However, obiter, the court indicated that it would have held notice by email effective given the inclusion of email addresses as contact details in Appendix 1 of the GMRA.
Secondly, the DVN was sent to a fax number different from the one specified in the GMRA (the specified number being overloaded). Lehman argued this rendered it invalid. Interestingly, Blair J suggested, notwithstanding the potentially commercial undesirability of such a stringent approach, that in order for a notice to be effective it might indeed need to be sent to the specified number.
However, in a case (such as this) where a notice was sent to an incorrect number but still received by a responsible employee, the receiving party should raise any objections promptly. On the facts, Lehman had not raised objections to the DVN’s validity at the time. The issue had only been identified as the matter came to trial. This was, in Blair J’s words, six and a half years too late. Lehman had waived any such notice requirement either by inaction and/or failing to challenge the DVN’s validity in its initial particulars of claim.
Close of business
As the First Notice was valid, the DVN had to be served by the close of business on the fifth dealing day after Lehman’s insolvency (ie close of business, London time on 22 September 2008). Exxon’s fax containing the DVN was received at 6:02 pm that day.
Lehman argued that ‘close of business’ for the purposes of serving the DVN under the GMRA meant 5:00pm. Exxon contended it meant 7:00pm. Lehman, however, failed to provide meaningful evidence of the earlier deadline to the court. Based on Exxon’s expert evidence and with a nod to the “more all consuming hours worked by investment bankers, commercial lawyers and the like”, Blair J held close of business could mean 7:00pm in this particular case.
Validly serving contractual notices under standard form agreements (eg the GMRA, ISDA Master Agreement and GMSLA) is a perennial pitfall for clients. Even a minor delay in effecting notice can have serious financial consequences. While some of the guidance here is obiter, there are many practical lessons to be drawn from the case.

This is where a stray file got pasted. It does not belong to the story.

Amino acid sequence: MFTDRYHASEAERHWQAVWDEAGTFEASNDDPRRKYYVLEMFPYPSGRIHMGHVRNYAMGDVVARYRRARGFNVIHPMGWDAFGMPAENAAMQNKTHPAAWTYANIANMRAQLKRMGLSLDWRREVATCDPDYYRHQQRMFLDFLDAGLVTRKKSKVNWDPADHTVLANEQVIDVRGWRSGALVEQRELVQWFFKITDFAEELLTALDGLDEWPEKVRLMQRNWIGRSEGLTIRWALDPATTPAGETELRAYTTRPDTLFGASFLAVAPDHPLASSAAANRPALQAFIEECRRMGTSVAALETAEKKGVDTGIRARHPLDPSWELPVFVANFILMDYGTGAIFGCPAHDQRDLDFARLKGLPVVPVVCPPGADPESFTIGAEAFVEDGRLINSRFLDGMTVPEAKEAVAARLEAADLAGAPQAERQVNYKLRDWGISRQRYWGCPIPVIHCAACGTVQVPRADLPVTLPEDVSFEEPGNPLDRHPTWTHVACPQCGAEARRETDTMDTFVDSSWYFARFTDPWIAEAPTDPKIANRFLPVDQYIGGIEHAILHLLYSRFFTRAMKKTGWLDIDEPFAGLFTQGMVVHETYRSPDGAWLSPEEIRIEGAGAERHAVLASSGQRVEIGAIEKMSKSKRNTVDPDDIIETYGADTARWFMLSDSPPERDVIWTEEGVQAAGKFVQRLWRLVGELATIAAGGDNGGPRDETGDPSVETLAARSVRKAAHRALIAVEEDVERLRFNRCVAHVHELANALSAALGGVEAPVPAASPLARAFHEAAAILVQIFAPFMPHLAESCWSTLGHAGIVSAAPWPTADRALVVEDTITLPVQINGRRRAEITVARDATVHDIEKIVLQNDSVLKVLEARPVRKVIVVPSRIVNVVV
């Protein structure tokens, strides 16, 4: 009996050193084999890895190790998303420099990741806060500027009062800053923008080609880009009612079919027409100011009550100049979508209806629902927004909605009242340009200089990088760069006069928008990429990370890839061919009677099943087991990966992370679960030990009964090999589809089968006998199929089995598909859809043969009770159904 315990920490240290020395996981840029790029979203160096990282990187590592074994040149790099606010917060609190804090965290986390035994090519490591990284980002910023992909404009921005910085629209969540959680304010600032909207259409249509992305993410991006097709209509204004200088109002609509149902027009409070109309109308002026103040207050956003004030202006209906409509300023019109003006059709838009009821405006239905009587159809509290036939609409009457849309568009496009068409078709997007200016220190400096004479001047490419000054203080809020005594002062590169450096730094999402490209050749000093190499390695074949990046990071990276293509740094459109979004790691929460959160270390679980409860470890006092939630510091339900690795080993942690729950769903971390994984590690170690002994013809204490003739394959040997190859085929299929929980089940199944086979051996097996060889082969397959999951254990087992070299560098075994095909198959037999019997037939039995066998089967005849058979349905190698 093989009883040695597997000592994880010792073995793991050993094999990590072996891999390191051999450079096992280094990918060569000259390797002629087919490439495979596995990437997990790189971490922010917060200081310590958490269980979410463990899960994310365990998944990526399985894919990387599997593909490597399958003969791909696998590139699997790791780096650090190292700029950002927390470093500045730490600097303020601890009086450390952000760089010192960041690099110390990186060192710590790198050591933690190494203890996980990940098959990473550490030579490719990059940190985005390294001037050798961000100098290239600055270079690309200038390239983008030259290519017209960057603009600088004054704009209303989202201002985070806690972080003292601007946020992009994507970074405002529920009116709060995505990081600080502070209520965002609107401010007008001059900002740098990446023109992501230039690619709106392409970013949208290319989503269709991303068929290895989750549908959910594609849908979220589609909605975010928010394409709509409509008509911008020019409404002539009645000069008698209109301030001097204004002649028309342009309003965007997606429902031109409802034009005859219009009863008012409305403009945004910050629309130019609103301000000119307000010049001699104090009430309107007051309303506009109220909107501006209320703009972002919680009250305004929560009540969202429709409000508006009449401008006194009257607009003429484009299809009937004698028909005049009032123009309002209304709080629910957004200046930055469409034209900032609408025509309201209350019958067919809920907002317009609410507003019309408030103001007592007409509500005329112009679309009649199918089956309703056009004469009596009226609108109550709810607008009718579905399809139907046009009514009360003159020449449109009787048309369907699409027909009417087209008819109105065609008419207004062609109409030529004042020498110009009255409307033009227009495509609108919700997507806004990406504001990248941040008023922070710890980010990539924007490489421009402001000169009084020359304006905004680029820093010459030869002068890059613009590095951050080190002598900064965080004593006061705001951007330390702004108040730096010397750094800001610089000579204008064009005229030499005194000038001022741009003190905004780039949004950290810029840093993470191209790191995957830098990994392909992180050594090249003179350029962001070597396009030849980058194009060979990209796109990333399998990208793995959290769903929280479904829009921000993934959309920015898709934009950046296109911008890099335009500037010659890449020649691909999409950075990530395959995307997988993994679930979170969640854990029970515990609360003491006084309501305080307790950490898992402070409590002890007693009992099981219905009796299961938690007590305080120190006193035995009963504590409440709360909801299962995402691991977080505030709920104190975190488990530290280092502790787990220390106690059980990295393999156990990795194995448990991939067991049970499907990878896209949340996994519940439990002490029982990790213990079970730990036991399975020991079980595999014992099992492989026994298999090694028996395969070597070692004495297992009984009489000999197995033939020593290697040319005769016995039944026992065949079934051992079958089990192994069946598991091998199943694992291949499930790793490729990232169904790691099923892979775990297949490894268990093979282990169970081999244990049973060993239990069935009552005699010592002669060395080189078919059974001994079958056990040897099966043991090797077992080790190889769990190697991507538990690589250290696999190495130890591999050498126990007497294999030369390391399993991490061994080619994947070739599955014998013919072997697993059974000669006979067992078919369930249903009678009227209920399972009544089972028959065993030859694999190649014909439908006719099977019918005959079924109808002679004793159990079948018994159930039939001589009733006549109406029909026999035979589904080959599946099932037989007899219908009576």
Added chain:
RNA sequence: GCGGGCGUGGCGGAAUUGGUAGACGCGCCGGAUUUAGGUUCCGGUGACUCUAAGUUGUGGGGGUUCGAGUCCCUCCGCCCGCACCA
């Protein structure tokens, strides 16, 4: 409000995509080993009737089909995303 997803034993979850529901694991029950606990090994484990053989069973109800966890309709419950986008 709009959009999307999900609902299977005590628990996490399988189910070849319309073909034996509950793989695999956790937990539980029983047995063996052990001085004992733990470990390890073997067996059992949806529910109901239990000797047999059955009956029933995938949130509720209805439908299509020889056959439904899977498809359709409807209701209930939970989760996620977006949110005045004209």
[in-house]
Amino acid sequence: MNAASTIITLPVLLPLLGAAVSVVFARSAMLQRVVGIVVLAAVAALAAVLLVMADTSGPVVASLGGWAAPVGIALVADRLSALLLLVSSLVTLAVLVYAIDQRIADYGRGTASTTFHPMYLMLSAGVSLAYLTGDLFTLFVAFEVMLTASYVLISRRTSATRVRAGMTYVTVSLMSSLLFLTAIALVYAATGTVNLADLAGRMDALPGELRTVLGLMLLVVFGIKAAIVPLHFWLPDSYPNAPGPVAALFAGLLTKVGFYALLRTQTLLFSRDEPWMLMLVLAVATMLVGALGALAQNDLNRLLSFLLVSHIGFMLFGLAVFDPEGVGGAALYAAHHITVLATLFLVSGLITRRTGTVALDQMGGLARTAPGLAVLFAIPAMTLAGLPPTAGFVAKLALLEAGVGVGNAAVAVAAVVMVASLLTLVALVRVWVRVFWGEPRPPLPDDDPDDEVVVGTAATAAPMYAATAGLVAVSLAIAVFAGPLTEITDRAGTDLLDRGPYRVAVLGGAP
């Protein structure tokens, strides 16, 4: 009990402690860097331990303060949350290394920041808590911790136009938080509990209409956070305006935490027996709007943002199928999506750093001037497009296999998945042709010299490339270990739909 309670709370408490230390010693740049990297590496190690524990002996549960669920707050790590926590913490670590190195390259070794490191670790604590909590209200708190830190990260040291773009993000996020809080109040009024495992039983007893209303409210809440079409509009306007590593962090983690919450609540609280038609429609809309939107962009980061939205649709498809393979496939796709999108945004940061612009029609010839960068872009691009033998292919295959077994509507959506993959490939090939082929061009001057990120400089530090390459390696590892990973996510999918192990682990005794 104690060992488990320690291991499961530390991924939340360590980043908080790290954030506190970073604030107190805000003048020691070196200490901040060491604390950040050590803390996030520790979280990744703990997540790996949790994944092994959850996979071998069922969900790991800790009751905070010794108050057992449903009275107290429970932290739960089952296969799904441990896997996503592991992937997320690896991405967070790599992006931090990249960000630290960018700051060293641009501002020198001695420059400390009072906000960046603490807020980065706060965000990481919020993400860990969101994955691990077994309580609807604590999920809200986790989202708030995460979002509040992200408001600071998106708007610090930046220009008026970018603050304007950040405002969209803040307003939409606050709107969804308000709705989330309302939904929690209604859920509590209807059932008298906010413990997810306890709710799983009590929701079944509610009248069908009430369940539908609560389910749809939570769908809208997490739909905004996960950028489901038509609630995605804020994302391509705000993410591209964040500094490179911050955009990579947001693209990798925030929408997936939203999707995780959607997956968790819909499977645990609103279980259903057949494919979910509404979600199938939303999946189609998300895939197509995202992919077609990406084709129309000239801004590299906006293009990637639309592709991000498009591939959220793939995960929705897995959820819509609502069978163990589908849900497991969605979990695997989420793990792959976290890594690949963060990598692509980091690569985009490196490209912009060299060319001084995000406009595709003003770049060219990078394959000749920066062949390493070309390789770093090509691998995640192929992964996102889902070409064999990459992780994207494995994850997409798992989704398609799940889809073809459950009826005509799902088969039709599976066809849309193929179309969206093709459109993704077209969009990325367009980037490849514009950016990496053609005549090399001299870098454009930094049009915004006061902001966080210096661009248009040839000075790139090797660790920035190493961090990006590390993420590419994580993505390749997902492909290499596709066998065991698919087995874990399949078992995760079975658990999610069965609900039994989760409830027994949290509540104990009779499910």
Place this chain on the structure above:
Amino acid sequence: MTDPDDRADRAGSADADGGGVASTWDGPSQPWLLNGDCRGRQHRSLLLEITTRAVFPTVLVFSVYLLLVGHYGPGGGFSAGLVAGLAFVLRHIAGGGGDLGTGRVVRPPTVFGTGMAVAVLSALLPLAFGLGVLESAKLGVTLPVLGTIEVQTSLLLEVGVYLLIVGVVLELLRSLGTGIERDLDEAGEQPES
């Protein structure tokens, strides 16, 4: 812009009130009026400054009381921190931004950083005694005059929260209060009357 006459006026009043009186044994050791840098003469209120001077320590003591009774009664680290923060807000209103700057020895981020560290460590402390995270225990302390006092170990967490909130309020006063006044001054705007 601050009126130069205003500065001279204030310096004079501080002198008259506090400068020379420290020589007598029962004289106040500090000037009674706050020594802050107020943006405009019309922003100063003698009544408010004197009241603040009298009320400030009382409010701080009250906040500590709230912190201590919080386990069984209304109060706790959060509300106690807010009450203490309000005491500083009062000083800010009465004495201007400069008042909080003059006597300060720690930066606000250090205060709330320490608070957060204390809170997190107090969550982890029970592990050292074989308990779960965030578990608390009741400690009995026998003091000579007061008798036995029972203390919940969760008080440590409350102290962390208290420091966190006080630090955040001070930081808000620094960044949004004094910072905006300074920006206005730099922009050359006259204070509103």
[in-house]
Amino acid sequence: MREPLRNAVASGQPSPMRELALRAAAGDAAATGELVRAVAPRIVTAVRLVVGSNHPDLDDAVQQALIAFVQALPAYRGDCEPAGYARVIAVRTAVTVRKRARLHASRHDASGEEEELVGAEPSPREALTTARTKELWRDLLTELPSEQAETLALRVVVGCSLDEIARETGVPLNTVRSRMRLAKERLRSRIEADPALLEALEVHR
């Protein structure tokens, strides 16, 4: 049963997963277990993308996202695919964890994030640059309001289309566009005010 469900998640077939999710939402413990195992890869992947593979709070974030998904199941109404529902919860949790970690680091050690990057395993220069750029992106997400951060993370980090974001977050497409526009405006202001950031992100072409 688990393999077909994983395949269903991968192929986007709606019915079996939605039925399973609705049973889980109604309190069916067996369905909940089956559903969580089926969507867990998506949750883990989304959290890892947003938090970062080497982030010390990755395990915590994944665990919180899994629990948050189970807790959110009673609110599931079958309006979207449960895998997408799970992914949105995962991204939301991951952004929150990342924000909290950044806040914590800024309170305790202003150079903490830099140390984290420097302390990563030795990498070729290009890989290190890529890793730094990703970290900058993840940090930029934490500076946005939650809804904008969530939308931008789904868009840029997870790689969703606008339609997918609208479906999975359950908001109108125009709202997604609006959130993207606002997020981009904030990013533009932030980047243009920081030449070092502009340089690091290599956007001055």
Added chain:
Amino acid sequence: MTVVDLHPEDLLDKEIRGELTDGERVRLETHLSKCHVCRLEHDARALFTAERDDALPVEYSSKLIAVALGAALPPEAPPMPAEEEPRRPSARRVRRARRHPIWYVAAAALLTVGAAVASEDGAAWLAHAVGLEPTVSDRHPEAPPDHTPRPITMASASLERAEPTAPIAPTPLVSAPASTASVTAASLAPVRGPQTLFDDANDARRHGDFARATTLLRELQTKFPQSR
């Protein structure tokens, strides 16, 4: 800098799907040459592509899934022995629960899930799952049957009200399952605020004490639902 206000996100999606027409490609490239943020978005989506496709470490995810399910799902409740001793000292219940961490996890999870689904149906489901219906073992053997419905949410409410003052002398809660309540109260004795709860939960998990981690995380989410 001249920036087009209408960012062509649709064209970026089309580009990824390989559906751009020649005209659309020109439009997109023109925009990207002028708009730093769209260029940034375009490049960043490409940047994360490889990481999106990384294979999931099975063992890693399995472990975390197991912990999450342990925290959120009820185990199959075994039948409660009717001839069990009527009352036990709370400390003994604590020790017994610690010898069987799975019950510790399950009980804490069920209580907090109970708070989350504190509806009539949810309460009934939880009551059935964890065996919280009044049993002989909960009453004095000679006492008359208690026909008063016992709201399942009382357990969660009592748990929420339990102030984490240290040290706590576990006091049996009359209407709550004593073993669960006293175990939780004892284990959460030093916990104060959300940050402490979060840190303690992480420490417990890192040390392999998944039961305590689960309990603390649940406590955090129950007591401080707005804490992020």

First, at the drafting stage, ensure counterparties identify multiple contacts for the receipt of notice. For older standard form agreements it may also be helpful to include email addresses. In contrast to this case, in Greenclose Ltd v National Westminster Bank PLC  EWHC 1156 (Ch) no email addresses were included in the relevant Appendix to the ISDA Master Agreement and the notice was therefore invalid.
Secondly, if disputing a notice, do so promptly. This is particularly important where valid service of a later notice is contingent on the earlier notice.
Thirdly, focus on the technical requirements of the notice (eg does an event of default need to be specified and where must it be delivered). In this case, Exxon was only partially successful in its claim. This was because it was also required to serve the DVN prior to close of business in the ‘Appropriate Market’. The court held this meant service was required not just in London but by close of business in each country where there was a relevant market on which the portfolio securities were traded.
In determining what close of business meant, the court was clearly wary of setting a wider precedent. Nonetheless, it is an encouraging confirmation of the English courts’ willingness to take a sensible approach when dealing with sophisticated commercial parties.
Finally, although Exxon’s DVN was only partially effective for other reasons, it was valid despite being received late in the day and to a different fax number. The value of persistence when having difficulty serving notice should not be underestimated.